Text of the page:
Mugabe launches fresh crackdown on free media

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The Independent Online

Zimbabwe launched a new attack on Britain yesterday, accusing it of secretly backing the country's first independent radio station, closed by police six days after it began test transmissions of music.

Zimbabwe launched a new attack on Britain yesterday, accusing it of secretly backing the country's first independent radio station, closed by police six days after it began test transmissions of music.

Despite a Zimbabwe high court ruling yesterday that the raid on the makeshift studios of Capital Radio in Harare on Tuesday was unlawful, the FM station's future was in the balance as the government rushed through broadcasting regulations by presidential decree.

The home affairs minister, John Nkomo, said Britain had "an interest" in the station and "it is up to them to deny it". He said British diplomats had "inundated" police with phone calls to try to stop them searching the house of a station director who has a British passport.

In a signal that President Robert Mugabe's government, which narrowly and violently won parliamentary elections in June, is becoming increasingly intolerant of dissent, Mr Nkomo added: "The days of going to court will soon be past. We won't accept any resistance."

By his side at the special press conference, the 76-year-old president's spin doctor and information minister, Jonathan Moyo, said: "If there is a court which allows (independent broadcasting) in Zimbabwe, we will not allow it. It compromises our national security." He described Capital Radio's launch as "the clearest possible violation of our national security and of our sovereignty".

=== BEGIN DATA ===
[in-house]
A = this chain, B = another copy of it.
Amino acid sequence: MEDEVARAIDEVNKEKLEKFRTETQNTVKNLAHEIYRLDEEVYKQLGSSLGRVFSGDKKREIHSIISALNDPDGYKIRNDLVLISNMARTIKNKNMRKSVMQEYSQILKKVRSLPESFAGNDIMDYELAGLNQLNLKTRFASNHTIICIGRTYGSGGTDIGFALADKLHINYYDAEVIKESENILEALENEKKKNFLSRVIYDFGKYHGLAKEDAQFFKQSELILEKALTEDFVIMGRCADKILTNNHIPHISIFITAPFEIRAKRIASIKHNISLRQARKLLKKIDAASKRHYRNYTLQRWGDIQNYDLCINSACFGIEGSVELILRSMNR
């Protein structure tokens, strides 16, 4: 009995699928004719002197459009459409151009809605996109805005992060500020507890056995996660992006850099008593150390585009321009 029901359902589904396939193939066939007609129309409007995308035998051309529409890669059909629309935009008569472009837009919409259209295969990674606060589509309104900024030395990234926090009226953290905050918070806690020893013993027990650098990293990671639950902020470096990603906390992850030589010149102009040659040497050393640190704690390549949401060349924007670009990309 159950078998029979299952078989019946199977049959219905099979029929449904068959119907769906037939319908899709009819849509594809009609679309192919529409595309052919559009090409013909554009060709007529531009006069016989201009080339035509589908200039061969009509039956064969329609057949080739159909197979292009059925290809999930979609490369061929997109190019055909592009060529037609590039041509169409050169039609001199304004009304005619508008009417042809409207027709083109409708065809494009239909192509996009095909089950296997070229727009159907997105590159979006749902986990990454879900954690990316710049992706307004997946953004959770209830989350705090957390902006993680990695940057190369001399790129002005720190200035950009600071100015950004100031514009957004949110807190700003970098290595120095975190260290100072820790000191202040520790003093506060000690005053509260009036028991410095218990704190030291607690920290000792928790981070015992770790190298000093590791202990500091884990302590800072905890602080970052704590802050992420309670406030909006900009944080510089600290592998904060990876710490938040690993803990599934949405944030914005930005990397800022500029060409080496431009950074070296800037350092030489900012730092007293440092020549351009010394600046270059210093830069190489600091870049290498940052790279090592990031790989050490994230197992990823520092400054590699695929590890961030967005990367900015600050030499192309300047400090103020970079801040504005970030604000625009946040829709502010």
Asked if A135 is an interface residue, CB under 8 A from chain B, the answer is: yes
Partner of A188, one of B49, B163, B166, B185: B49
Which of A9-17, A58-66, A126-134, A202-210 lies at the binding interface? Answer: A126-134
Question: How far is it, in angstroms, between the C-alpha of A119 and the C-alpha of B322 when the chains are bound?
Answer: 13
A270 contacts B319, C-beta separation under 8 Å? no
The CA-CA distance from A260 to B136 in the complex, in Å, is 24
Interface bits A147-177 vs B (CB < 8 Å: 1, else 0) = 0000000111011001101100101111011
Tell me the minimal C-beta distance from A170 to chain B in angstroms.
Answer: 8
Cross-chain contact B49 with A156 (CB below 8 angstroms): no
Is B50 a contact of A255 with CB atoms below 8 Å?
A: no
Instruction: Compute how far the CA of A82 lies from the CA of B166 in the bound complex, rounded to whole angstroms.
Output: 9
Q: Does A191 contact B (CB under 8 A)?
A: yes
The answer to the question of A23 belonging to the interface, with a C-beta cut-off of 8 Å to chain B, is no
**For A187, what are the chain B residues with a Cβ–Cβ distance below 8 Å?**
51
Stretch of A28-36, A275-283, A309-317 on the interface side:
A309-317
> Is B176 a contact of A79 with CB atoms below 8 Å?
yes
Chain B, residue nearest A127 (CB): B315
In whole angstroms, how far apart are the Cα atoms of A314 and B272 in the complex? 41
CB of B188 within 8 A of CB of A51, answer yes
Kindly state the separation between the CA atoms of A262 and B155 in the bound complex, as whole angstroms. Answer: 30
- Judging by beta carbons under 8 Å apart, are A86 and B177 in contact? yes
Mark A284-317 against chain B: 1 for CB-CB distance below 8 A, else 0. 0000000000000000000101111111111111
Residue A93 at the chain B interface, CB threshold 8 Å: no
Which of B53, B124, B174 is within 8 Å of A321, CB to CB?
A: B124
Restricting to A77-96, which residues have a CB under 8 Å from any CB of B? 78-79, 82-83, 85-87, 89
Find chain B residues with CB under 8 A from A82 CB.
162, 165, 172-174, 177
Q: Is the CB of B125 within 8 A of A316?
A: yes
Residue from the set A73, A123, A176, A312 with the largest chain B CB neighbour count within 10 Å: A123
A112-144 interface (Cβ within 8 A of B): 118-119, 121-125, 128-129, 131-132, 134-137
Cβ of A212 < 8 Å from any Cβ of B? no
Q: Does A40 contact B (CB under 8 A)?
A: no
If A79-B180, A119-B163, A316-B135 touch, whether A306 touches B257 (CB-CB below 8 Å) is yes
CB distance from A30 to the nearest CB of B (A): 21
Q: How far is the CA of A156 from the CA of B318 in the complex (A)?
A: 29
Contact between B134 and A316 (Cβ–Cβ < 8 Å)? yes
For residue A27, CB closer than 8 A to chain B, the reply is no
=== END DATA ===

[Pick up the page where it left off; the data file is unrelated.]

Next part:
Capital Radio was funded by foreign charities. Last year, in a case later quashed by the high court, two journalists were accused of treason and allegedly tortured after their newspaper, The Standard, ran a story warning of an impending coup.

In the violence before the elections, won by the ruling Zimbabwe African National Union-Patriotic Front (Zanu-PF), a shop next to the independent Daily News was firebombed. A year after launch, the Daily News, which supports the opposition Movement for Democratic Change (MDC), sells 100,000 copies daily, more than the government mouthpiece, The Herald.

Zimbabwe, as in many African countries with a culture of one-party rule, has a vibrant independent press, broadly tolerated because most people cannot afford newspapers or cannot read well enough to follow written news. The broadcast media - especially radio - provides people with most of their information and governments want to control that.

Capital Radio was intending to take a cutting-edge approach to Zimbabwe's problems, a stagnant economy, pending food shortages and the issue of resolving land ownership.

Its directors, Mike Auret and Geraldine Jackson, were in hiding yesterday and the smashed door of their studio - a room on the 16th floor of the Monomotapa Hotel - had been sealed by police.

But Mr Auret's father, also called Mike, and a veteran human rights campaigner, said: "They had plans to do a lot with the station. They still have. They will not give up."

Mr Auret, an MDC MP, said three armed police officers had been outside his home since Tuesday "presumably awaiting orders".

The British High Commission was not answering enquiries yesterday over Mr Nkomo's claim.

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